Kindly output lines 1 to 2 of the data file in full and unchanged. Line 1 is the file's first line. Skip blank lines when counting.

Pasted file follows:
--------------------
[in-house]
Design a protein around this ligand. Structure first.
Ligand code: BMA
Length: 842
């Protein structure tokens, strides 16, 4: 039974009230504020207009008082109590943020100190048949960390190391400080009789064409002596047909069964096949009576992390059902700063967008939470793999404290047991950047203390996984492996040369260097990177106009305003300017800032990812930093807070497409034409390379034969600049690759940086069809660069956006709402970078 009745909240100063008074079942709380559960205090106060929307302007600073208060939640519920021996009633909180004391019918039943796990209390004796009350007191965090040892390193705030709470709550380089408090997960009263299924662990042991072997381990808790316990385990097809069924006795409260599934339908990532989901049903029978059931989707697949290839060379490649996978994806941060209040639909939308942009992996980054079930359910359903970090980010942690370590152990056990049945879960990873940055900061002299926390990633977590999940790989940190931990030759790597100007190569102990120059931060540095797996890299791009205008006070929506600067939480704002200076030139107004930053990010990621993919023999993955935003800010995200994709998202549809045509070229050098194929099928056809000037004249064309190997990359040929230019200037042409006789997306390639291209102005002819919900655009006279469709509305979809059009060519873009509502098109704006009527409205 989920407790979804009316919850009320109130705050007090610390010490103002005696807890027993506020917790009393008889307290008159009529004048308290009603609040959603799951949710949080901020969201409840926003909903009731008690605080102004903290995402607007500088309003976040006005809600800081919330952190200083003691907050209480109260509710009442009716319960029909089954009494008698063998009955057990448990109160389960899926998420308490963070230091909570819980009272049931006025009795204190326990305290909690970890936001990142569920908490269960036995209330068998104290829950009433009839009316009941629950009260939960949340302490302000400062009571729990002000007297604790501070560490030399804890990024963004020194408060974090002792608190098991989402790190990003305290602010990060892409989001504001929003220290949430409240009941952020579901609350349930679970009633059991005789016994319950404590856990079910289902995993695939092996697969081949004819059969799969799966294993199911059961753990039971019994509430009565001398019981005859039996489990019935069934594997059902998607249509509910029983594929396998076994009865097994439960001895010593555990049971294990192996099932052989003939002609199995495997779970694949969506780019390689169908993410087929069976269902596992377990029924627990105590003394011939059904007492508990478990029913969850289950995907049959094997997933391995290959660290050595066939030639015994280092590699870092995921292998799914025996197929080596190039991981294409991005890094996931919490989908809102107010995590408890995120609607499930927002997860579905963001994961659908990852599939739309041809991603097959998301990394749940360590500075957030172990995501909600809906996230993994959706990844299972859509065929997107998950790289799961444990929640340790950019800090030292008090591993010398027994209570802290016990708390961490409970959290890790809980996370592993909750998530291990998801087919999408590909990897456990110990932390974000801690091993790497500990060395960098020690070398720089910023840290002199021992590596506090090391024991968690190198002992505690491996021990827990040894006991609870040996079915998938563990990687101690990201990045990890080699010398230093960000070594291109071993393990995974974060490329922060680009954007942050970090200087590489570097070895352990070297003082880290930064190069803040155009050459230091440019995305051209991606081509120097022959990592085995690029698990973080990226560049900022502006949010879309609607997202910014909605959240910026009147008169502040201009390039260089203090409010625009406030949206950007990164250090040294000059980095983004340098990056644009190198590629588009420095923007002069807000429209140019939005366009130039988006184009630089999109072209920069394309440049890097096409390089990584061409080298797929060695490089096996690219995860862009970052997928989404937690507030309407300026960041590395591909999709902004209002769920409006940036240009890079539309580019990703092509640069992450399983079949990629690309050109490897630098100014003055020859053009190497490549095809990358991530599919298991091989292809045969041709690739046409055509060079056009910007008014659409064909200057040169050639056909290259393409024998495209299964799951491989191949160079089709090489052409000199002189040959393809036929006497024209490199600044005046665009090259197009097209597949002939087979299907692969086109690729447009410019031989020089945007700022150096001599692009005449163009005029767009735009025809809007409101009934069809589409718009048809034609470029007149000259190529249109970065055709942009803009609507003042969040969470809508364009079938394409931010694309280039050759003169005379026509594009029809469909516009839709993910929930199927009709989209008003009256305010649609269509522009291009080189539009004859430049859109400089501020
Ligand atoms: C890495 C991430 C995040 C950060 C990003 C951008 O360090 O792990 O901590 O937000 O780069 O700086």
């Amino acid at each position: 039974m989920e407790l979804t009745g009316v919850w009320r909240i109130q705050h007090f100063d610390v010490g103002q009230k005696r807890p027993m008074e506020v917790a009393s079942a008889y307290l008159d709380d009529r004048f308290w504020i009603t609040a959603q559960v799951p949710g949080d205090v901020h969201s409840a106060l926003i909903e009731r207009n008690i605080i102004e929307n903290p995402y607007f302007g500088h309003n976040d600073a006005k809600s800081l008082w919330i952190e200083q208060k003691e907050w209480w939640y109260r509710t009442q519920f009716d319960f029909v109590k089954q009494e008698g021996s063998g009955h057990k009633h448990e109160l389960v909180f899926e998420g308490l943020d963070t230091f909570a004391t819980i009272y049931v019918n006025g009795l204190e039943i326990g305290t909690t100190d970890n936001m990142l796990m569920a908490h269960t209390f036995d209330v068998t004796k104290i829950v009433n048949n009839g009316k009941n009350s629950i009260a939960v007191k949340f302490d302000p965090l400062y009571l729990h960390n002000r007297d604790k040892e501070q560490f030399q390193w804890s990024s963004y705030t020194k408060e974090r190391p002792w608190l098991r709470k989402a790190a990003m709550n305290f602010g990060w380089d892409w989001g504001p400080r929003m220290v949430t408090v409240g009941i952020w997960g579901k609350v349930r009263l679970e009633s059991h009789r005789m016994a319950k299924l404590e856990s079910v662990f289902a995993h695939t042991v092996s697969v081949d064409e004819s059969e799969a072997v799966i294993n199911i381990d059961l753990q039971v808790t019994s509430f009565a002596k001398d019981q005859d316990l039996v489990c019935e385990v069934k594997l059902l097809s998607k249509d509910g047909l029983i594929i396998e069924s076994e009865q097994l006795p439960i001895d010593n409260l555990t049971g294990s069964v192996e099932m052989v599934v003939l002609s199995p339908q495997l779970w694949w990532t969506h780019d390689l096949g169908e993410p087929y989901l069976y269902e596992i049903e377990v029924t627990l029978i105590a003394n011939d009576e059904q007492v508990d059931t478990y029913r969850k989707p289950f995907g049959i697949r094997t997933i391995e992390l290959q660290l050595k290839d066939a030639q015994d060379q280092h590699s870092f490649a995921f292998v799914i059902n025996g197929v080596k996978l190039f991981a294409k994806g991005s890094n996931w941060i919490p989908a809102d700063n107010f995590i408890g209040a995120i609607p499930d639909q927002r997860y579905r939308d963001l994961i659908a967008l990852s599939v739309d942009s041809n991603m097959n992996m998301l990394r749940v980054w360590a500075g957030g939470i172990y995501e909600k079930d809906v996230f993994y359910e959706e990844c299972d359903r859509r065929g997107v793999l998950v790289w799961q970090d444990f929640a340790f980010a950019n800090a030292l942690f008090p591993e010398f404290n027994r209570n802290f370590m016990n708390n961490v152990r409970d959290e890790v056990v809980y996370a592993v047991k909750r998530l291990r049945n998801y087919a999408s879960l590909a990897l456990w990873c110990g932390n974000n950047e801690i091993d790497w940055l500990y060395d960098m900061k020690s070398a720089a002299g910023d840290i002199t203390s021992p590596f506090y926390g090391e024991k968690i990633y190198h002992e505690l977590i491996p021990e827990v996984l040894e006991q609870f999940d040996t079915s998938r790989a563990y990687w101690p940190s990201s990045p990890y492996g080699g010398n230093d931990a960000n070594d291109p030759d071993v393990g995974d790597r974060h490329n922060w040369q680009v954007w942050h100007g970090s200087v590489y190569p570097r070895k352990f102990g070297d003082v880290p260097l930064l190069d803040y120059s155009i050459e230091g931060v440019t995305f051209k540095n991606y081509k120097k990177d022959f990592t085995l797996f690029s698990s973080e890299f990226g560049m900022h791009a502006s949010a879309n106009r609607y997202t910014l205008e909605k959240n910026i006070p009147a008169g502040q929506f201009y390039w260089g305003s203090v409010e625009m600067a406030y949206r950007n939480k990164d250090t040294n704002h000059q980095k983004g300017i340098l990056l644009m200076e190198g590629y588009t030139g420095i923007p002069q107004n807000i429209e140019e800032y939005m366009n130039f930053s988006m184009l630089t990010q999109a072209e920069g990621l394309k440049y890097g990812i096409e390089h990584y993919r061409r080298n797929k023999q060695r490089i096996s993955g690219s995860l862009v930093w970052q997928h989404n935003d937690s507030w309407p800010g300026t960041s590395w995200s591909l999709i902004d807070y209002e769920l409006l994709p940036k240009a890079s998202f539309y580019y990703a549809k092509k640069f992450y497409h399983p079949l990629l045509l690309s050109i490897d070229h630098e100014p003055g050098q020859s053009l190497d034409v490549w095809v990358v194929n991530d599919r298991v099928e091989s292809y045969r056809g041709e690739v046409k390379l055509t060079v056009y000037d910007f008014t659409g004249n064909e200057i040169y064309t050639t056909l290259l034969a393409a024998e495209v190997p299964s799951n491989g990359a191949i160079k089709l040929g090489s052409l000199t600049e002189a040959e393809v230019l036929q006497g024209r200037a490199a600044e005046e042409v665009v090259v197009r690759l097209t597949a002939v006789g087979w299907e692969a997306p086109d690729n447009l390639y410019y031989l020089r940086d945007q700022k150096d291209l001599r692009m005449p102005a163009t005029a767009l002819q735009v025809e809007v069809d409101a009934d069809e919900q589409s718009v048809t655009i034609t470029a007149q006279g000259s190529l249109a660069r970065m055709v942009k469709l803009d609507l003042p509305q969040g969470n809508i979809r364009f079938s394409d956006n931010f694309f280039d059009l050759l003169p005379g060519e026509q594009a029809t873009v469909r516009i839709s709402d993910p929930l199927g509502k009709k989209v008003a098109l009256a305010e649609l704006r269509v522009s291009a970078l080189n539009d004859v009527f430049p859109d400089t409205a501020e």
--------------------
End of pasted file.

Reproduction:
[in-house]
Design a protein around this ligand. Structure first.